The first step into entering Wise Mind was to just notice what was going on in my head: feelings, judgments, and thoughts, and not giving any of them too much credit. This alone started to calm me down. I reminded myself that I am not my feelings and that judgments and thoughts aren't necessarily TRUTH.

I did something that is difficult for us borderlines - I remembered other times when I have been through this and emerged feeling well. I am getting better at doing this. I think it just takes dedicated practice.

I thought about the reasons I might be having those feelings: quitting/losing job next week (with thoughts about loss of structure and income), long-term relationship in peril (with feelings of guilt, remorse, and fears of abandonment and rejection), physical health has been suffering lately (stomach bug, difficulty sleeping, lack of exercise, and now the lack of appetite), and I realized that I had legitimate reasons to have emotional reactions. I also realized that being scared, afraid, and anxious won't help with any of these except to motivate me to continue to get help and stay on track with plans to keep my mood and health stable.

Judging the situation as "bad" isn't helpful either. While I also wouldn't label it as "good," it just is. It is the fact of the matter - the present situation...so I can go ahead and give it a negative label to make myself feel worse, or I can say, "I recognize this situation. It's uncomfortable. I sense I'd rather not be experiencing this right now. But, I am experiencing it. This is not good or bad. This is my present experience."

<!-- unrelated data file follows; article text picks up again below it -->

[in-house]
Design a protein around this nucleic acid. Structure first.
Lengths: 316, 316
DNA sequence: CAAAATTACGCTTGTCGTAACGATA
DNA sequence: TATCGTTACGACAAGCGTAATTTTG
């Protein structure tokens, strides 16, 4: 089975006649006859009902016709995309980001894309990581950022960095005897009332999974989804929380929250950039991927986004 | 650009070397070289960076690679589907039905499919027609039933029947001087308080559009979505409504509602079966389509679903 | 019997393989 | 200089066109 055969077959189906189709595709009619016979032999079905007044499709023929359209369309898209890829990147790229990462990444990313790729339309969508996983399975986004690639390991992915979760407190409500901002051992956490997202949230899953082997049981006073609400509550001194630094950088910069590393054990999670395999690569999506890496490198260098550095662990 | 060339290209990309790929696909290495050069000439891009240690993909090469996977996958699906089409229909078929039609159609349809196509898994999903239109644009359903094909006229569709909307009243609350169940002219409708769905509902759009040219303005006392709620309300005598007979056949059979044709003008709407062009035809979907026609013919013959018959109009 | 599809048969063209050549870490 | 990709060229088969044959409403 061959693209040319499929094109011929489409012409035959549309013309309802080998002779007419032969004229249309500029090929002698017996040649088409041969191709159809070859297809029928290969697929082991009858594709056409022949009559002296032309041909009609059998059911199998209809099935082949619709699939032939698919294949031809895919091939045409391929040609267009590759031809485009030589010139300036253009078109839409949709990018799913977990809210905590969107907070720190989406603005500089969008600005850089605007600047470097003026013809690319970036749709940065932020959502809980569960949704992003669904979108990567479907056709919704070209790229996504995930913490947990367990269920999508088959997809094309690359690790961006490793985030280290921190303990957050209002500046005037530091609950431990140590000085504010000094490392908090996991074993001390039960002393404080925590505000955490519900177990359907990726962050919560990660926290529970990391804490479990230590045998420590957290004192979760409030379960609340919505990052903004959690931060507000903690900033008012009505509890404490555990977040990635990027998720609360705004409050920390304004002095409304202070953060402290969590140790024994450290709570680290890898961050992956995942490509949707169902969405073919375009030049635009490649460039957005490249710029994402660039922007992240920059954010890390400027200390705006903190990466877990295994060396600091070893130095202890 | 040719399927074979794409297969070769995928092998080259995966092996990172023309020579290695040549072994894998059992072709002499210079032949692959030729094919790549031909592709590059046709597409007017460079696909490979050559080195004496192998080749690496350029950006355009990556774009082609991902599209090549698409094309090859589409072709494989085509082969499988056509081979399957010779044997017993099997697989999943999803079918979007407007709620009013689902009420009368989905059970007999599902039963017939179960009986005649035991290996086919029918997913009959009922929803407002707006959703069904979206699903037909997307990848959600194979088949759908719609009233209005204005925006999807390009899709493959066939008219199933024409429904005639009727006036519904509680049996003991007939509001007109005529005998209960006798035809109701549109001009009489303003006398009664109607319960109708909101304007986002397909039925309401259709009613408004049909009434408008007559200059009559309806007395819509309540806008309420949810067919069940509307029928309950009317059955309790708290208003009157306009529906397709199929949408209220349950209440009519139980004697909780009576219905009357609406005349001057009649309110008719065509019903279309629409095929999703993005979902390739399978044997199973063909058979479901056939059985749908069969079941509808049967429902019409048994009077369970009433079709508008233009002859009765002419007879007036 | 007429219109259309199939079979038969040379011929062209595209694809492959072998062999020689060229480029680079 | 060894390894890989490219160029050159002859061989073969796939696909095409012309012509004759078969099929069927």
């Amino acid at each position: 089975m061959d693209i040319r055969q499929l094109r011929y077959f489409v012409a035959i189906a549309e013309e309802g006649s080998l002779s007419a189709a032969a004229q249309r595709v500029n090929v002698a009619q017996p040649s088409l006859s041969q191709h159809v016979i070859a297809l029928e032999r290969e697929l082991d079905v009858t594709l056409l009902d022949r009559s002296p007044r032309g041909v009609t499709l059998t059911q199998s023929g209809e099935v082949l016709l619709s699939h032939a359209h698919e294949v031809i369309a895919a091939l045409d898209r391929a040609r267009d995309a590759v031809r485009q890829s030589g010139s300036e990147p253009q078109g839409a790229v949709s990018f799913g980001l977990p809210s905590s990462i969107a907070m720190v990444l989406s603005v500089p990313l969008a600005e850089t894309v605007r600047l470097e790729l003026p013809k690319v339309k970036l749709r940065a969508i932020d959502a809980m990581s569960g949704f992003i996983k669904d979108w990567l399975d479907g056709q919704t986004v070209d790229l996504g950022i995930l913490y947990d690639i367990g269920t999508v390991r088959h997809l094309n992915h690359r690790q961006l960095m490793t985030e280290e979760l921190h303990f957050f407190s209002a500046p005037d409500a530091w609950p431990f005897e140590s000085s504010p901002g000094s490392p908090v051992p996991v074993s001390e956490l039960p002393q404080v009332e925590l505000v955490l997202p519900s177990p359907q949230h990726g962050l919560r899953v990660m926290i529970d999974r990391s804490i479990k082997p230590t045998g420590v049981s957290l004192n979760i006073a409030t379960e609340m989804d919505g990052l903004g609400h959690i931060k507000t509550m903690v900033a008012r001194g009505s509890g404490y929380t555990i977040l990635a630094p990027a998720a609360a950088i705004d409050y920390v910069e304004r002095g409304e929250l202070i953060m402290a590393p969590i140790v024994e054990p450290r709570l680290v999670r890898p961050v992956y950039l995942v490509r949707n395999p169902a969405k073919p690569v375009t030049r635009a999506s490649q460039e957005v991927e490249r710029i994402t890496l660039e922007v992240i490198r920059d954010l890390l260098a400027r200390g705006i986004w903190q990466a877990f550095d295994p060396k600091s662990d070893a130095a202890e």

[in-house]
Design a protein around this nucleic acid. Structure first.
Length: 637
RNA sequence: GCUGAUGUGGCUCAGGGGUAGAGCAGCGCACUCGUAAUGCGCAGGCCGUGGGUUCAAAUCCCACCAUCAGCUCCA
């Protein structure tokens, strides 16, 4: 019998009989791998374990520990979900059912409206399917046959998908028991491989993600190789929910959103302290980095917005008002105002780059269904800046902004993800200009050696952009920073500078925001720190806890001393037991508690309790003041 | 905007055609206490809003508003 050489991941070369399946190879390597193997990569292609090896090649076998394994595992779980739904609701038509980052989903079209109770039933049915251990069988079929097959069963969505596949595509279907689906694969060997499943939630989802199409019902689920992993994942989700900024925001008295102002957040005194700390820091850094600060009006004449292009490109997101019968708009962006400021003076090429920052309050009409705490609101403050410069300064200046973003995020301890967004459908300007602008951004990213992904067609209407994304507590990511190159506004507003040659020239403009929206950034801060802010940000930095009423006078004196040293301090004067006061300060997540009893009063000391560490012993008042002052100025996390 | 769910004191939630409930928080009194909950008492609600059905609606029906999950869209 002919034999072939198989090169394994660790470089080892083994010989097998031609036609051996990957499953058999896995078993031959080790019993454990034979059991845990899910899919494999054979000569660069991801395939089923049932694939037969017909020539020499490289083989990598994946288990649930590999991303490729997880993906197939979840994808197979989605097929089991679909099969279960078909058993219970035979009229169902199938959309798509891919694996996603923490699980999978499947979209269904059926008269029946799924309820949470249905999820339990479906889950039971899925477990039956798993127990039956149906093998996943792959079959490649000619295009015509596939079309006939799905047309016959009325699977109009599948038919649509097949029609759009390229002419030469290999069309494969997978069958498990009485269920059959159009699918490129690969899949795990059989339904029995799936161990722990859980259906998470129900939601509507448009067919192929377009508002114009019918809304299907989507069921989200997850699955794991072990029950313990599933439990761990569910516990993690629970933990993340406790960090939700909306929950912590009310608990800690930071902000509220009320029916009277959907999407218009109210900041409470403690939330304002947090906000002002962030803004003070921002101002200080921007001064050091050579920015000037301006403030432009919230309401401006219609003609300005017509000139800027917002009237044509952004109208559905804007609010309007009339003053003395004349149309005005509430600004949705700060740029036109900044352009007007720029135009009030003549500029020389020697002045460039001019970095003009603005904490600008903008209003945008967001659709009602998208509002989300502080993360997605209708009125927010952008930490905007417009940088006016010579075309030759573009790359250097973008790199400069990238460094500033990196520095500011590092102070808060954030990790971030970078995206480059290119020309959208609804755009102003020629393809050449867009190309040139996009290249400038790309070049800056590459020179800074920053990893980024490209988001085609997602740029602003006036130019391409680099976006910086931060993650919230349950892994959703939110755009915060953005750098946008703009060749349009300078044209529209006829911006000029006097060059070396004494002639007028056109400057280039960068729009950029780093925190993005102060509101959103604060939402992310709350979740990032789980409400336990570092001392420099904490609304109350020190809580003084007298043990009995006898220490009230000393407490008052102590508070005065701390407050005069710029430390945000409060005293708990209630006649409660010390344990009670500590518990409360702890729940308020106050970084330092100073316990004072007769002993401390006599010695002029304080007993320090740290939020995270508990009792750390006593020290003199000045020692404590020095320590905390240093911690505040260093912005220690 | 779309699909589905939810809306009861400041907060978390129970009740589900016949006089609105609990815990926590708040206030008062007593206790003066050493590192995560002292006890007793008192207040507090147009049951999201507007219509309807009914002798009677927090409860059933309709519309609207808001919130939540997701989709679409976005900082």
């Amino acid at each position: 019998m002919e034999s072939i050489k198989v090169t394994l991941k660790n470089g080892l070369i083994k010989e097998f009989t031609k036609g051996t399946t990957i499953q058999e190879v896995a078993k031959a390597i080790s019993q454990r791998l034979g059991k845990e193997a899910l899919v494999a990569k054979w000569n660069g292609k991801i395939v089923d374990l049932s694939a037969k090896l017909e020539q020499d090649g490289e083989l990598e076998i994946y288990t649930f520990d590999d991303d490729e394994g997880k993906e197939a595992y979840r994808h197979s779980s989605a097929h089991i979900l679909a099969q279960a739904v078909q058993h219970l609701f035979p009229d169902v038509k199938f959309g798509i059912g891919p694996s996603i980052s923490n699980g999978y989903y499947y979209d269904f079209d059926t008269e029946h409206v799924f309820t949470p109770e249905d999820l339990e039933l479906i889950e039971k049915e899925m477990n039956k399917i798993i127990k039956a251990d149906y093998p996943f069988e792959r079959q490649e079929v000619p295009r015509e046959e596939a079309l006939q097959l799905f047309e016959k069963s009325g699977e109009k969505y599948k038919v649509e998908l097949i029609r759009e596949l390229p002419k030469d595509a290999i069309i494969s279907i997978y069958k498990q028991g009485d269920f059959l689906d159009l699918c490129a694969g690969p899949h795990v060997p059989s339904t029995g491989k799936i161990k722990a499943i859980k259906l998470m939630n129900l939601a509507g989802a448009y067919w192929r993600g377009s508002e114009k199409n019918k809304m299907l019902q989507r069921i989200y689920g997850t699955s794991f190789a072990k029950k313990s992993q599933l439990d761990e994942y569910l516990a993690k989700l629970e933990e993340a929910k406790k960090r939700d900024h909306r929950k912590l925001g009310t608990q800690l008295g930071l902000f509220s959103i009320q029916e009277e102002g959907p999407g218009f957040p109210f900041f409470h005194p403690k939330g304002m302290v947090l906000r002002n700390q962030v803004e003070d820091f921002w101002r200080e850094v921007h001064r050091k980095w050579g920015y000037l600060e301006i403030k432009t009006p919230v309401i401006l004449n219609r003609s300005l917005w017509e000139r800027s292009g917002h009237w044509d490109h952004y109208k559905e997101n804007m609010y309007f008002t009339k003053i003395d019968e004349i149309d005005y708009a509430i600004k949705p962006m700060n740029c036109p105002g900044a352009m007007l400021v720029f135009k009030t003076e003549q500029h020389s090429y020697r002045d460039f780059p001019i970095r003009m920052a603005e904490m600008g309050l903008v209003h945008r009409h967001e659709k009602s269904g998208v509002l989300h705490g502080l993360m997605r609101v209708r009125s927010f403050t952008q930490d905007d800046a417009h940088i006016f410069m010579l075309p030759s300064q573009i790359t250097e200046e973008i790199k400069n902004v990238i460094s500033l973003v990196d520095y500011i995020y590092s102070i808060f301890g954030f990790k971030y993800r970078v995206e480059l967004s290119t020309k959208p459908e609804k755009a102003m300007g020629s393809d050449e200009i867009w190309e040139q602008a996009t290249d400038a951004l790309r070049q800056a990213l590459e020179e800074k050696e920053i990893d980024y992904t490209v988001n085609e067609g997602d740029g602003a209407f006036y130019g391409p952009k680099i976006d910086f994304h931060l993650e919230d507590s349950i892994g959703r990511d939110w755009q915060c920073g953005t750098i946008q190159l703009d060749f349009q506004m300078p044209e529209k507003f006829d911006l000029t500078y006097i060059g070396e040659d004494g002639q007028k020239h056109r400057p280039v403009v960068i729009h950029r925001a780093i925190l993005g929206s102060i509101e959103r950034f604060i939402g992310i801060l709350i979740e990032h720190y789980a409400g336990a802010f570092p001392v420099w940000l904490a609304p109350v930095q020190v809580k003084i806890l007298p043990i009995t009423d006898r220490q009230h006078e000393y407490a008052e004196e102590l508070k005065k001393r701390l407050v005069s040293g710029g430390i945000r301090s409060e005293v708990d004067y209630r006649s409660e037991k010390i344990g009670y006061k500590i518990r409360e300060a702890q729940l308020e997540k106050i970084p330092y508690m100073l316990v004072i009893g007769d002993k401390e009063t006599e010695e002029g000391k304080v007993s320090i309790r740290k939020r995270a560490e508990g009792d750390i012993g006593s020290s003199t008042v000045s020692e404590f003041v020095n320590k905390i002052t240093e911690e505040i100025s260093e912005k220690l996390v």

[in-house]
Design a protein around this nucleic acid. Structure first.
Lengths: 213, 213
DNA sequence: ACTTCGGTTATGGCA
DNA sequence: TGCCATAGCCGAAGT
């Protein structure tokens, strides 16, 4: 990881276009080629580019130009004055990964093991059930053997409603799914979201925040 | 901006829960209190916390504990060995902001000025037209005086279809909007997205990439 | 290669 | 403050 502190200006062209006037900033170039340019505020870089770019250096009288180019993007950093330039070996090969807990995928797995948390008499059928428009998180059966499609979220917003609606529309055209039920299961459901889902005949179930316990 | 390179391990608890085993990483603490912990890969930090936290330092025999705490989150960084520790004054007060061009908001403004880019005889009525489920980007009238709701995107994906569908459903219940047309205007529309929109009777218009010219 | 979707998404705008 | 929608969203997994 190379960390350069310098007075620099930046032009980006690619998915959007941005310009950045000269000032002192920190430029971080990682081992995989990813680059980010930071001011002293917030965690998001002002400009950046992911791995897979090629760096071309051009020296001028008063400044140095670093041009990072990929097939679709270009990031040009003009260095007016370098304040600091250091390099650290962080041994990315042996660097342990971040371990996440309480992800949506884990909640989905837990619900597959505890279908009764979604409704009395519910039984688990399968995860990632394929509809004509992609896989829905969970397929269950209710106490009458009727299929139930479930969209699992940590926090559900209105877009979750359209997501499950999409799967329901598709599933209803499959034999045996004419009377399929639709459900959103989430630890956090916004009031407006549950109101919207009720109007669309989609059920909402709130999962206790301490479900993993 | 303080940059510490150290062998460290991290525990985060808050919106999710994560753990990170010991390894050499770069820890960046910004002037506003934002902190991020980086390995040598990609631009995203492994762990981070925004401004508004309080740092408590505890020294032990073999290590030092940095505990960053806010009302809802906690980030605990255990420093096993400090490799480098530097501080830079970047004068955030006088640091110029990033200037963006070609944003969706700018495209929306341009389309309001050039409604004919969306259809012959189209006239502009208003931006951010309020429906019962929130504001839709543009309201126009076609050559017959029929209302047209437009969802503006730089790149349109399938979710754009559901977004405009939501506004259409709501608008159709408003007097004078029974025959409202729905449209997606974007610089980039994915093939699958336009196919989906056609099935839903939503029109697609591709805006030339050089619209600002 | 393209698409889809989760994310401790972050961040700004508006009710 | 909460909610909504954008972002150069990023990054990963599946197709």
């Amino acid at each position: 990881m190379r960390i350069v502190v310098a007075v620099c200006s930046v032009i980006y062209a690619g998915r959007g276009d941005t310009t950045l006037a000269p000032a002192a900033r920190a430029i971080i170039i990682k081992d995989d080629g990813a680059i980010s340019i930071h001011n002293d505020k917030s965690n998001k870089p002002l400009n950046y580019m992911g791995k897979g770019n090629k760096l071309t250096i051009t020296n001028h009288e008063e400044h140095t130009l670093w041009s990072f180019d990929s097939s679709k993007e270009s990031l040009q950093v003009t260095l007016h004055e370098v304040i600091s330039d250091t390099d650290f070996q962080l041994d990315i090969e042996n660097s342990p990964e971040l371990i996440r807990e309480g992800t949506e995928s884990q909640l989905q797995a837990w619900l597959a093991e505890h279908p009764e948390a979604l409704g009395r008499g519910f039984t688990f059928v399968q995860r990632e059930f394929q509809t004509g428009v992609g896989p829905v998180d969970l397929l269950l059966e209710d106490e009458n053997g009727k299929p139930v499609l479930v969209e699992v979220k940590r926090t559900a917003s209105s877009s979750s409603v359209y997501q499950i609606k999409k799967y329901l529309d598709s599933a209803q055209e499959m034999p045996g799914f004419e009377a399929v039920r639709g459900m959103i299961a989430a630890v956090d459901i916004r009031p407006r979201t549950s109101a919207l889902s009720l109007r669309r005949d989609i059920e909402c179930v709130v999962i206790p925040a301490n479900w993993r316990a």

As far as the thoughts of this being dangerous - sure it would be if I didn't care, made no effort to take care of myself, or wasn't reaching out for help. But, I remind myself that I do care. I am doing the best I can to take care of myself right now with the tools that I have. I have reached out and will be in an intensive therapy program next week to get some in-depth help with getting back on and staying on track.  So, actually, I am not in any real danger.

Do you see how just breaking things down, identifying them, and being reasonable about each item can help you feel better and deal with things more clearly? I feel like this exercise was very therapeutic for me, and I hope you also learned something or got something of value out of my sharing it.

Have you ever heard of the Wise Mind/Emotional Mind model before? Have you used it to help you through a difficult situation?  I'd love to hear your thoughts.

More soon. 

What Gets YOU Through?

It's been a while since I've posted, and I think it's due time. Without getting into the details of what's been going on just yet, I'll give it to you in a nutshell and then focus on what's happening in the now.

Anyone who has Borderline Personality Disorder (BPD) or knows someone who does knows that one of the more common criteria of signs of this disorder is "frequent crises" ("Borderline personality disorder," 2010.)  I can relate to this. About once every 6-7 months, I end up in the emergency room with symptoms such as diarrhea and vomiting that become so intense due to anxiety and dramatization, that I end up needing IV fluids for re-hydration.  Again, I won't get into the details now about my insights as to why this happens, but I will get into it in a future post.

I ended up in the ER yesterday with one of these episodes. I was deeply troubled and very badly triggered by some very unsafe situations going on at work. Not so much on a physical level, but on a mental health level.  I wish I had kept myself together like an adult and made rational choices that I could be accountable for - like quitting and moving on and knowing that I had made the right choice.